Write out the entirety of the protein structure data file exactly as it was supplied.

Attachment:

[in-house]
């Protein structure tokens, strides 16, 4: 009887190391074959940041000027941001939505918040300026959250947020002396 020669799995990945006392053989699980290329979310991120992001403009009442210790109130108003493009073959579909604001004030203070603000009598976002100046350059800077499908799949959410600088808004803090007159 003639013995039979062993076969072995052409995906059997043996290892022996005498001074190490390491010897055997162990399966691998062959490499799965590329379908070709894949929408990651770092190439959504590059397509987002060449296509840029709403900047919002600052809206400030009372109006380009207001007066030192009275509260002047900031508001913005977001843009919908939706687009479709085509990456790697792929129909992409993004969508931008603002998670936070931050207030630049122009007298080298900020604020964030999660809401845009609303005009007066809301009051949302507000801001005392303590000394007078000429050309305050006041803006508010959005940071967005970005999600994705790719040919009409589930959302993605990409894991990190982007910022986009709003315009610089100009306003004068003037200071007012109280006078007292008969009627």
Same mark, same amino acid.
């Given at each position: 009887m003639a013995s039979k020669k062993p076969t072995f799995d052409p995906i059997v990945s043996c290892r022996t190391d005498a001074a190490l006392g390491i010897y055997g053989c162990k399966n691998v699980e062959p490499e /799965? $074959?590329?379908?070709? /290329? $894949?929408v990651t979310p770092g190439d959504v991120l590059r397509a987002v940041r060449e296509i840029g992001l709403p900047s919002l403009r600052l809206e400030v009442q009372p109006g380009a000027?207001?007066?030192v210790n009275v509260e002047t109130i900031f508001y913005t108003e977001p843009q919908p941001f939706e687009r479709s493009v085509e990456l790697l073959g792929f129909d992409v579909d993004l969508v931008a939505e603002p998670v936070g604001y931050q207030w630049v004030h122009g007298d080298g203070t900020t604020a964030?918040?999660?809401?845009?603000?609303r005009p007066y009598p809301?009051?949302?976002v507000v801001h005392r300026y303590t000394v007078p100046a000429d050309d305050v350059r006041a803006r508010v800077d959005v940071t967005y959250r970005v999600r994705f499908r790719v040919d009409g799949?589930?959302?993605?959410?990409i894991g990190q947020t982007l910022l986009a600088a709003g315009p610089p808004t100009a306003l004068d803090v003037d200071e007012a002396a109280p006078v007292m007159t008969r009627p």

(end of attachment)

[in-house]
């Protein structure tokens, strides 16, 4: 009887190391074959940041000027941001939505918040300026959250947020002396 020669799995990945006392053989699980290329979310991120992001403009009442210790109130108003493009073959579909604001004030203070603000009598976002100046350059800077499908799949959410600088808004803090007159 003639013995039979062993076969072995052409995906059997043996290892022996005498001074190490390491010897055997162990399966691998062959490499799965590329379908070709894949929408990651770092190439959504590059397509987002060449296509840029709403900047919002600052809206400030009372109006380009207001007066030192009275509260002047900031508001913005977001843009919908939706687009479709085509990456790697792929129909992409993004969508931008603002998670936070931050207030630049122009007298080298900020604020964030999660809401845009609303005009007066809301009051949302507000801001005392303590000394007078000429050309305050006041803006508010959005940071967005970005999600994705790719040919009409589930959302993605990409894991990190982007910022986009709003315009610089100009306003004068003037200071007012109280006078007292008969009627």
Same mark, same amino acid.
């Given at each position: 009887m003639a013995s039979k020669k062993p076969t072995f799995d052409p995906i059997v990945s043996c290892r022996t190391d005498a001074a190490l006392g390491i010897y055997g053989c162990k399966n691998v699980e062959p490499e /799965? $074959?590329?379908?070709? /290329? $894949?929408v990651t979310p770092g190439d959504v991120l590059r397509a987002v940041r060449e296509i840029g992001l709403p900047s919002l403009r600052l809206e400030v009442q009372p109006g380009a000027?207001?007066?030192v210790n009275v509260e002047t109130i900031f508001y913005t108003e977001p843009q919908p941001f939706e687009r479709s493009v085509e990456l790697l073959g792929f129909d992409v579909d993004l969508v931008a939505e603002p998670v936070g604001y931050q207030w630049v004030h122009g007298d080298g203070t900020t604020a964030?918040?999660?809401?845009?603000?609303r005009p007066y009598p809301?009051?949302?976002v507000v801001h005392r300026y303590t000394v007078p100046a000429d050309d305050v350059r006041a803006r508010v800077d959005v940071t967005y959250r970005v999600r994705f499908r790719v040919d009409g799949?589930?959302?993605?959410?990409i894991g990190q947020t982007l910022l986009a600088a709003g315009p610089p808004t100009a306003l004068d803090v003037d200071e007012a002396a109280p006078v007292m007159t008969r009627p």